Published January 31, 2019 in Warp & Woof
Staying Anchored and Marking Time
The Meaning of Routines
About two years ago, I wrote a post for Warp & Woof called “.” It was a defense of the banal, quotidian routines in life. They were contrasted with the relatively rare moments of exhilaration from new experiences that our culture tends to equate with creativity or a “meaningful” life.
I’m now two years older, seems like it might be time for an update. Much of my beloved banality has survived. I still eat the same breakfasts and lunches I did two years ago, sleep patterns remain the same, and watching TV late at night with my wife continues to be a hallowed tradition. I still play games by devising alternating patterns on a complexity continuum for executing my routines. I will always do my neighborhood walks in the same order (counterclockwise from my house) for the complete eight-day circuit of my eight different routes, then start over. Gym workouts include back strengthening on nautilus equipment for two of the four sessions each week, but not a third day – unless I anticipate play dates with grandchildren which require lifting and carrying them. Other contingency patterns work for other routines, depending on the number of choices available for any given task.
But there have also been some changes of routines. I am now off the Board of Deacons at my church (3-year terms), hence have fewer regular evening meetings to attend, and fewer joint projects with folks at church. A replacement for that, however, is that I have gone “all-in” with my Daytime Writers Group, making blogging nearly a full-time pursuit. And, the routines around grandfathering have also changed. Parents’ work schedules no longer require frequent afternoon babysitting. Although more independent now, Owen has a new baby sister!
Staying anchored via routines is what others expect of us. They’re our real world. Marking time is what we do when we “recharge” for the next new thing. But those new things often have obstacles in their path – at our age, old routines often die hard. As much as I love my neighborhood walks, losing one of the eight different routes recently due to park maintenance in Falls Church caused real discomfort when I had to reconfigure that route! It’s always easier if routines remain unchanged when you get old.
And, because I am generally slower to react to new stimuli, I may not even recognize when an old routine is no longer working for me. I spend too much time on Facebook. Social media surfing has grown rather than subsided over the past two years, and now consumes much of my day – despite warnings from many pundits about its . It’s marking time, but not in a good way.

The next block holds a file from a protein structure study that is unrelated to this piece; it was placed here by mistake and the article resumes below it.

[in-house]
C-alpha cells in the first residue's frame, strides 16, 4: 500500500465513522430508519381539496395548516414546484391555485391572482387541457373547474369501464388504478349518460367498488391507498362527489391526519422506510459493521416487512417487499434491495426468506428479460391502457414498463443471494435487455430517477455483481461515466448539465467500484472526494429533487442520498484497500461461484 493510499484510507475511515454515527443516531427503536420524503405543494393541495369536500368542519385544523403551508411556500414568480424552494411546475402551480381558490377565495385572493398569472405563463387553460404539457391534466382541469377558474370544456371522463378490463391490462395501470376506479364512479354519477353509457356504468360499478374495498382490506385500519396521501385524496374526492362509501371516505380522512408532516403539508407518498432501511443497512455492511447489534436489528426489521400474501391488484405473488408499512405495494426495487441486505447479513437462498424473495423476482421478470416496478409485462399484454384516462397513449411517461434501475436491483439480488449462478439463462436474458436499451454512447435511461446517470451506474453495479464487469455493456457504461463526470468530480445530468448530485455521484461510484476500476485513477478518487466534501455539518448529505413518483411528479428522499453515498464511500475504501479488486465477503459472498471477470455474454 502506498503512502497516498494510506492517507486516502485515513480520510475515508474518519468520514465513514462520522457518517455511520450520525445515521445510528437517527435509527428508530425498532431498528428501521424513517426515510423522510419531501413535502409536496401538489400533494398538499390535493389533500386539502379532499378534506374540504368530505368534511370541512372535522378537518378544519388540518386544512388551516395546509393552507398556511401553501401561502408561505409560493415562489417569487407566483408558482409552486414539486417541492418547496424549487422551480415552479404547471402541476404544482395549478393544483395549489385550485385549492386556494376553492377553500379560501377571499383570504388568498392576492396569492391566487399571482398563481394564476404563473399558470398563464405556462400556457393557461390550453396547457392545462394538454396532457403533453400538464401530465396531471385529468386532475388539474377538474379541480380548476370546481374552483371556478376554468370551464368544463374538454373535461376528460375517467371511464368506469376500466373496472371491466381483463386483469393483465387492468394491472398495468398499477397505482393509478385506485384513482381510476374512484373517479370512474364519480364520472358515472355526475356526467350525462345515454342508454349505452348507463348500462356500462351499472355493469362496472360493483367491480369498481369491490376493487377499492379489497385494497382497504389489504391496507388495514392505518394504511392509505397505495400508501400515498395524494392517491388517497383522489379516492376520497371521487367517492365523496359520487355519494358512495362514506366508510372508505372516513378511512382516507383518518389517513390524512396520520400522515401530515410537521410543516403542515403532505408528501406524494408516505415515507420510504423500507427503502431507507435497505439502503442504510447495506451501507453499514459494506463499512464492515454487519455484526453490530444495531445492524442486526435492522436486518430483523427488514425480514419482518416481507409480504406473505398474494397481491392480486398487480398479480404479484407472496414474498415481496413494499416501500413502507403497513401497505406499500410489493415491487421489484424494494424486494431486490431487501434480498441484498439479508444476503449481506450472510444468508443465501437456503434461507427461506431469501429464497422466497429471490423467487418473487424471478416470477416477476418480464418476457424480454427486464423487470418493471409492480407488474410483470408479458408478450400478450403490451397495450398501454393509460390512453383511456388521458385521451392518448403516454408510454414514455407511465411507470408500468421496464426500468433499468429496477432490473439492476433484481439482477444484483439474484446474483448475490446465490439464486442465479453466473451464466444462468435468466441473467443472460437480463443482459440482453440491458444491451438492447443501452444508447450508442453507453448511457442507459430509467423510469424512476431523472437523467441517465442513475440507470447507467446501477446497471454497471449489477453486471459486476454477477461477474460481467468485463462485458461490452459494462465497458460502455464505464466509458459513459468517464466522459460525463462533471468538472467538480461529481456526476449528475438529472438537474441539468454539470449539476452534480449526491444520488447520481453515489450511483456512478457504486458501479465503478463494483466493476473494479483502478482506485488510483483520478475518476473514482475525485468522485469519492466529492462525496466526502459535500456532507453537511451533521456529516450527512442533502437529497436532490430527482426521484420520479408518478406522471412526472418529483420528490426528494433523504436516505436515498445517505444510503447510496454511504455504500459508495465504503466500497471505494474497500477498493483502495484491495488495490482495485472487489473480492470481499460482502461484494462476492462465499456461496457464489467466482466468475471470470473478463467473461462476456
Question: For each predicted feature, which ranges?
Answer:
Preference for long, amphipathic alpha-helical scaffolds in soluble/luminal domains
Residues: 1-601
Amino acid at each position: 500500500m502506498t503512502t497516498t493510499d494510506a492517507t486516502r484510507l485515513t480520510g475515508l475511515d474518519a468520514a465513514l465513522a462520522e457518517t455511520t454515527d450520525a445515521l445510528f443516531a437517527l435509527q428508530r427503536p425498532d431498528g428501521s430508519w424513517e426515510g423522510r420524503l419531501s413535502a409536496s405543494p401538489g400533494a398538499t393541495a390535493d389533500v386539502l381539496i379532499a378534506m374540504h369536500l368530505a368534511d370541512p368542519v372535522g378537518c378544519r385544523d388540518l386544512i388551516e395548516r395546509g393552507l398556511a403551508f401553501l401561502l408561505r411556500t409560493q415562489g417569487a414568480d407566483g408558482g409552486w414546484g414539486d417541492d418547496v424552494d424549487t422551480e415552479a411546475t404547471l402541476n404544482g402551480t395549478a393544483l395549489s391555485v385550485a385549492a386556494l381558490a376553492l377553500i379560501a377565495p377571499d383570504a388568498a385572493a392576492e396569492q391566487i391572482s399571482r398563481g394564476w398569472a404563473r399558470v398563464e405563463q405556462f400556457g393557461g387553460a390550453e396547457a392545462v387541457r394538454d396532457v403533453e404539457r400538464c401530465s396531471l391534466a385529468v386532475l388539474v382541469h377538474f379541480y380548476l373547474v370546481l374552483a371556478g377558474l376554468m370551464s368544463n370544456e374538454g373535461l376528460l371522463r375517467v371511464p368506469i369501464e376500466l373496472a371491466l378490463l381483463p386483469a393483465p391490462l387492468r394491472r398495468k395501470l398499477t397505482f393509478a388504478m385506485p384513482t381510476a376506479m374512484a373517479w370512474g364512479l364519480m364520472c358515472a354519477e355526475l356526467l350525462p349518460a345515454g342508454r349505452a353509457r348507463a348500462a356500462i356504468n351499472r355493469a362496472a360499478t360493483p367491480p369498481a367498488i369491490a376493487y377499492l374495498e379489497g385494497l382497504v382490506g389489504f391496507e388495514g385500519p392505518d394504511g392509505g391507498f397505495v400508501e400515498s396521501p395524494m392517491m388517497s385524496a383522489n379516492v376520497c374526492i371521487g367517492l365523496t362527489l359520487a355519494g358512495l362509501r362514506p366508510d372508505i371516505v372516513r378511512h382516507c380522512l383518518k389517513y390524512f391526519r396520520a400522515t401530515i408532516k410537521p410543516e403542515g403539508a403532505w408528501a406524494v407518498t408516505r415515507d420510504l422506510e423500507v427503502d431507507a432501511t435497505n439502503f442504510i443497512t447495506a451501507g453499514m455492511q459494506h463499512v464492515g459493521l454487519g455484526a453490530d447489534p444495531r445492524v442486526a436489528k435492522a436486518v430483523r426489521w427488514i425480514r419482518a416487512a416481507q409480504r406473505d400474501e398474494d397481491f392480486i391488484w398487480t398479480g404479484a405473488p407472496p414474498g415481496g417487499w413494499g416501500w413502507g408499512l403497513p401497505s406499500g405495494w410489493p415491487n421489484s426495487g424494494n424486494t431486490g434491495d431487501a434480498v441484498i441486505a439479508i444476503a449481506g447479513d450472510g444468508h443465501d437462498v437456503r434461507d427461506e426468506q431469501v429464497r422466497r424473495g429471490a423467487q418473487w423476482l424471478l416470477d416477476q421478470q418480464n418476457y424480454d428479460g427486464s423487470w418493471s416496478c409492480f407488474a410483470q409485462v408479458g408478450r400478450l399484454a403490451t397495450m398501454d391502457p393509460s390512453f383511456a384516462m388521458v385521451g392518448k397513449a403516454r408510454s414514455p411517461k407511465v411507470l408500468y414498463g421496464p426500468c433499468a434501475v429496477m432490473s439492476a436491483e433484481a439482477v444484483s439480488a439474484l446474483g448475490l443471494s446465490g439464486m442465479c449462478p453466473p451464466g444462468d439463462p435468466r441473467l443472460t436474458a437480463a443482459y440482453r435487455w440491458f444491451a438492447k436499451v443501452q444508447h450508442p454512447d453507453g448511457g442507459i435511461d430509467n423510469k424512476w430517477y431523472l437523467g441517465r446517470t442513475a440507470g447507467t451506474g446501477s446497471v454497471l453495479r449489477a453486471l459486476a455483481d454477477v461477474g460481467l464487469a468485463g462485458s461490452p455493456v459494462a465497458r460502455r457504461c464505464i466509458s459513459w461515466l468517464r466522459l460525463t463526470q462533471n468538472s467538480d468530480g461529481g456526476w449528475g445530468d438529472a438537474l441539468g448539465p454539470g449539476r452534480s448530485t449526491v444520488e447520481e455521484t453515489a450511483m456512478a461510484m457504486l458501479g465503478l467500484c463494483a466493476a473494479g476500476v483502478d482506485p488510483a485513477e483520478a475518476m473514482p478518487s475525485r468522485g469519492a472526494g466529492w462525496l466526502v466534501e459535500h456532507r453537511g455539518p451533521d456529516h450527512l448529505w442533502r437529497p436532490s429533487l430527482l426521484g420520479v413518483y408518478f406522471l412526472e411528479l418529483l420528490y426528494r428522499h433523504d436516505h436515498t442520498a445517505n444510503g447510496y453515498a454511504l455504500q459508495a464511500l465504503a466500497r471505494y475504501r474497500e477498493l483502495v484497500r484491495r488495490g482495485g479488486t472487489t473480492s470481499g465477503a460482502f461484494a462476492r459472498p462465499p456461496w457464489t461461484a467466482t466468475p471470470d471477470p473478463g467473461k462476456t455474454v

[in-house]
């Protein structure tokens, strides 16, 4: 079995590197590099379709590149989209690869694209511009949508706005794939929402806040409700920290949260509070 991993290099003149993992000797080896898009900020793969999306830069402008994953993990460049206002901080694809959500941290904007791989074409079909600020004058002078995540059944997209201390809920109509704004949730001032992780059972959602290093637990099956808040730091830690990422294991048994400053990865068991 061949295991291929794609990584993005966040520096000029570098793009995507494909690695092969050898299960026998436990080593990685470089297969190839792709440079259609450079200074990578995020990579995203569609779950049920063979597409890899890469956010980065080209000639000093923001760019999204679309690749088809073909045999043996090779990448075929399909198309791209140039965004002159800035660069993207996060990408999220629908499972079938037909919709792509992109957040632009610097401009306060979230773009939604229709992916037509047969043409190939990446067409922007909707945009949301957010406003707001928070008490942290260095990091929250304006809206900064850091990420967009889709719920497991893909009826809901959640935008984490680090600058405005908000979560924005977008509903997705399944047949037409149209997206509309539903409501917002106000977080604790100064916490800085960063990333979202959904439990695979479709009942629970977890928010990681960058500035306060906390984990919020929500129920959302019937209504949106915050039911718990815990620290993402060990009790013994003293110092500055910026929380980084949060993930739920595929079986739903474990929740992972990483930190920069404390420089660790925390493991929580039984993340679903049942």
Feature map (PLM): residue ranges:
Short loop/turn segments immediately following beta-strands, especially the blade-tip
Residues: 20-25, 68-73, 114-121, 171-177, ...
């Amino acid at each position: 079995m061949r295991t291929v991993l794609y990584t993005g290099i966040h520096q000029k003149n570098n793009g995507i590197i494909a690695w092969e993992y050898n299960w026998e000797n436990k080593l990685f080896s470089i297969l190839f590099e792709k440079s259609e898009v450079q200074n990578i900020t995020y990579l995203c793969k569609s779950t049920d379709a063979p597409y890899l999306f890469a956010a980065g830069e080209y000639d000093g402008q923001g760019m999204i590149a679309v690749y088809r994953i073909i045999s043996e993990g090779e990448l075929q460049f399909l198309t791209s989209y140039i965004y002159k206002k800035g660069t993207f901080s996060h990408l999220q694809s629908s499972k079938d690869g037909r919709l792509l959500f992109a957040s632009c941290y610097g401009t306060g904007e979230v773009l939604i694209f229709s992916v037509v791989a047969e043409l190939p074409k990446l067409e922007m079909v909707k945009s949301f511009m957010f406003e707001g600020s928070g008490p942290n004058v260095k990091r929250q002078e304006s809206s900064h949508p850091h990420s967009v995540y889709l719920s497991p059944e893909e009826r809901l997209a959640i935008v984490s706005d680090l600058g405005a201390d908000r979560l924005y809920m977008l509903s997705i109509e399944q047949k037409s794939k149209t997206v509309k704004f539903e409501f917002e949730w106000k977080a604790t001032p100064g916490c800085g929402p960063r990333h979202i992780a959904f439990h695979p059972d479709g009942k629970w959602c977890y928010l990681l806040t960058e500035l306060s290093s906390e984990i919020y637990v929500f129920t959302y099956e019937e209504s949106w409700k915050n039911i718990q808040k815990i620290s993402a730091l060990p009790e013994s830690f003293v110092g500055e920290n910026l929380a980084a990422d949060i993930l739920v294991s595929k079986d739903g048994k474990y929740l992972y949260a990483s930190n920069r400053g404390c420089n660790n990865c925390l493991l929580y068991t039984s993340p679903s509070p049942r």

Physical mobility is even more important to me now than two years ago. My stretching exercises and weights at home, as well as my cardio-intensive gym workouts, have become more critical – at least in my mind. I’ve experienced no decline in mobility but am more afraid of it for the future. Exercise helps me stay anchored.
It’s also possible that the range of future possibilities is greater now than two years ago. At least, I now look forward to developments that were less clear then. Maintaining the status quo of a democratic society has become a greater challenge, seemingly more threatened than even two years ago. I anticipate seeing at least two grandchildren growing up (well, getting bigger). I want them to have as many of the fruits that I was privileged to share as I can provide. Two years ago, I was still enjoying the freedom from the social constraints of my pre-retirement work environment. Today I place social interconnection at the top of my list of desirable traits in society.
My writing for Warp & Woof, as well as micro-blogging in Facebook discussion groups, has taken the form of a meta-analysis of reality. More than any other activity in which I engage, it keeps me anchored. Each post marks time until the next one. And, I think I don’t really care if anybody reads my writing (I do get feedback from Facebook friends and discussion group members, as well as Daytime Writers). At least I’ve put it out there. Anybody can discover it. And, listening to podcasts while on my neighborhood walks helps me explore that meta-analysis for later use in my writing.
Establishing routines, whether writing, exercise, or social interaction, is like a toddler learning to walk. Place one foot in front of the other, while maintaining balance. With practice comes greater confidence. And as you get good at the routines, you can even learn how to fit other people into them. They can support your routines, rather than interfere with them.
What happens when you must stop a routine? If physical difficulty, or danger, requires a replacement for the old routine, then you unlearn the old behavior, as painful as that can be as we age. The replacement therapy may take the form of help from others in your life, or systematic re-education. Ultimately, you will ask yourself the question: why do I need to change? The answer will likely be you are harming your health, or others are making new demands on you, or that you’re simply missing something in your life, even if you can’t quite identify it. If none of these apply, maybe you don’t need to change!
Will I have another update in reporting my routines? It may depend on other people in my life forcing change on me. Or, it may be because of something I see as a “decline” – I hope not! Change when you’re over 70, not to be taken lightly.